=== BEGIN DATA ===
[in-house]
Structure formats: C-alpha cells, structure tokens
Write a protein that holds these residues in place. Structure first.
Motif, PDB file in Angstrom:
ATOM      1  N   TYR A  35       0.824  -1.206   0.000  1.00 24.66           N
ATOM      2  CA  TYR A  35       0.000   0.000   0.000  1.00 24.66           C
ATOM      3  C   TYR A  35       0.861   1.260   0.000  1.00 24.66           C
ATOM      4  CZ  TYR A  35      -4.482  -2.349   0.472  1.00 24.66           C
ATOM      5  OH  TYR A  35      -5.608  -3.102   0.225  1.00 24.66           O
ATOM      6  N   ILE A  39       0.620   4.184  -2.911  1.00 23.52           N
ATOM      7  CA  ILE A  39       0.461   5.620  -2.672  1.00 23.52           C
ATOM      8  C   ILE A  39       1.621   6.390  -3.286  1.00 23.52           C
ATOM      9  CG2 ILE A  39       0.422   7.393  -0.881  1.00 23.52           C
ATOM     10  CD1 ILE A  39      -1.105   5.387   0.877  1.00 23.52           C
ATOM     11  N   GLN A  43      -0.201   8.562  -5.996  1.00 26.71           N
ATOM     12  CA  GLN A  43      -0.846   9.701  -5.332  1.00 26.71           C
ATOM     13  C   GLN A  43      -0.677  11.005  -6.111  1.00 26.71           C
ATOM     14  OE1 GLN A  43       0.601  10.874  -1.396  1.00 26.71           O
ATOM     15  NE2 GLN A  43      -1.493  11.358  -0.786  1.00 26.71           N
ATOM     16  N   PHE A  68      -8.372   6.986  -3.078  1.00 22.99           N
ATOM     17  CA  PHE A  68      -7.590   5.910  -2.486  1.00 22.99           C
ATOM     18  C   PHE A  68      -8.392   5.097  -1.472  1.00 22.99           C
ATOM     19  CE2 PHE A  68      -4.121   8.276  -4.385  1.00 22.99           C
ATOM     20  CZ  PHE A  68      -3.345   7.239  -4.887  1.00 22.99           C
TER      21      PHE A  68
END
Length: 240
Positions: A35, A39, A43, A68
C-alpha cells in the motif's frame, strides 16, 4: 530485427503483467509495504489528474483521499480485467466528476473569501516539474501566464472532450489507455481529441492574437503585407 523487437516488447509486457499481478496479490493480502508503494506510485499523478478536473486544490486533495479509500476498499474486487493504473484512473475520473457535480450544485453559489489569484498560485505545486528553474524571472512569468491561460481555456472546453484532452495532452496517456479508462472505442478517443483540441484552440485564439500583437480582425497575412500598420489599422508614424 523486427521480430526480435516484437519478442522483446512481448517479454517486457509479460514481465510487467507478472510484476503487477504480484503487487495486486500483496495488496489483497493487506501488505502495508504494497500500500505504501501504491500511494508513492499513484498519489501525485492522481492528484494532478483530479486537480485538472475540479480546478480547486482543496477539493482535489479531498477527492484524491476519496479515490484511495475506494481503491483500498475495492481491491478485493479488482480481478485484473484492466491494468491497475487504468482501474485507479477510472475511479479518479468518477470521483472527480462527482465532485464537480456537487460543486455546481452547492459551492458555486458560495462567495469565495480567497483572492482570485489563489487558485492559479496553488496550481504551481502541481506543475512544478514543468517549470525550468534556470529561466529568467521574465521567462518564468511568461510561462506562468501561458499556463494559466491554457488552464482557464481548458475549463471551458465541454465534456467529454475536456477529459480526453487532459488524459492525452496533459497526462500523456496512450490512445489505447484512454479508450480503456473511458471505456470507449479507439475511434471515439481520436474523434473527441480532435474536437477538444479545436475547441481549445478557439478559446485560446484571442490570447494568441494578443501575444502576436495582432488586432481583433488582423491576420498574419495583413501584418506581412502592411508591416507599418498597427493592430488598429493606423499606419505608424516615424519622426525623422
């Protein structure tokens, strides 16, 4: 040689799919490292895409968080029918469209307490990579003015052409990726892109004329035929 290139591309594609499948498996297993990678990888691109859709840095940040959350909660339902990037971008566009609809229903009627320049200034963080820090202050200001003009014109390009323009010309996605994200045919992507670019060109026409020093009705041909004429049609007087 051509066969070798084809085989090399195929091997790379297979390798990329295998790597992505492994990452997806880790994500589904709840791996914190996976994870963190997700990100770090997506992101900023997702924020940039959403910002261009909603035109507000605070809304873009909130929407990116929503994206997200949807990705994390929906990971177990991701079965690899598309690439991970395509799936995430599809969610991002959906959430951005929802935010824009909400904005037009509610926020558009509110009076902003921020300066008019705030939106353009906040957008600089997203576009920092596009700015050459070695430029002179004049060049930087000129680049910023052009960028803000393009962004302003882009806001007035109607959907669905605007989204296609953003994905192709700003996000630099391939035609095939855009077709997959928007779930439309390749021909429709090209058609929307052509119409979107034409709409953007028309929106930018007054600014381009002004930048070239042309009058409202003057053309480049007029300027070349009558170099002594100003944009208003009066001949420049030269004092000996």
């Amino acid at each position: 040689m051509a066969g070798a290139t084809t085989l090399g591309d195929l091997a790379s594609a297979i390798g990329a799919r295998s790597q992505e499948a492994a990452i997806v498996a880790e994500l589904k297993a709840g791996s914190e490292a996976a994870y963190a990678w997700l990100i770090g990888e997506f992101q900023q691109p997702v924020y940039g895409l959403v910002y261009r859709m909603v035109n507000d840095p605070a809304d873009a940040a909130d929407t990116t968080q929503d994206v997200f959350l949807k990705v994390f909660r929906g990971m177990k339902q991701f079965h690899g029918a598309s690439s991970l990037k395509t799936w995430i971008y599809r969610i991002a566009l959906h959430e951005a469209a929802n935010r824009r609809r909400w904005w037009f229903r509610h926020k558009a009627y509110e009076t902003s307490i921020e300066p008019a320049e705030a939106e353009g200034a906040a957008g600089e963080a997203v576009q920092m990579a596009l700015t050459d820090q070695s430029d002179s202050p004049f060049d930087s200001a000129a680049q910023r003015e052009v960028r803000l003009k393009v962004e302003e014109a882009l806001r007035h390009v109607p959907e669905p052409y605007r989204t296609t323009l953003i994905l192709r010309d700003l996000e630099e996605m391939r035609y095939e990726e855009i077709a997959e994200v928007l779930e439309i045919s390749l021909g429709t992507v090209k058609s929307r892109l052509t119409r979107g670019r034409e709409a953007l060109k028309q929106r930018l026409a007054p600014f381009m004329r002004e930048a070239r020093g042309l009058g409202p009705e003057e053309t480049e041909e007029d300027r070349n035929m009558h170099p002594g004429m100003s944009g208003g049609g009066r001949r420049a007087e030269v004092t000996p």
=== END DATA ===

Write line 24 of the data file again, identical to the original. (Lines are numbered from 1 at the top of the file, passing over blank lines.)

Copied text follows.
ATOM     20  CZ  PHE A  68      -3.345   7.239  -4.887  1.00 22.99           C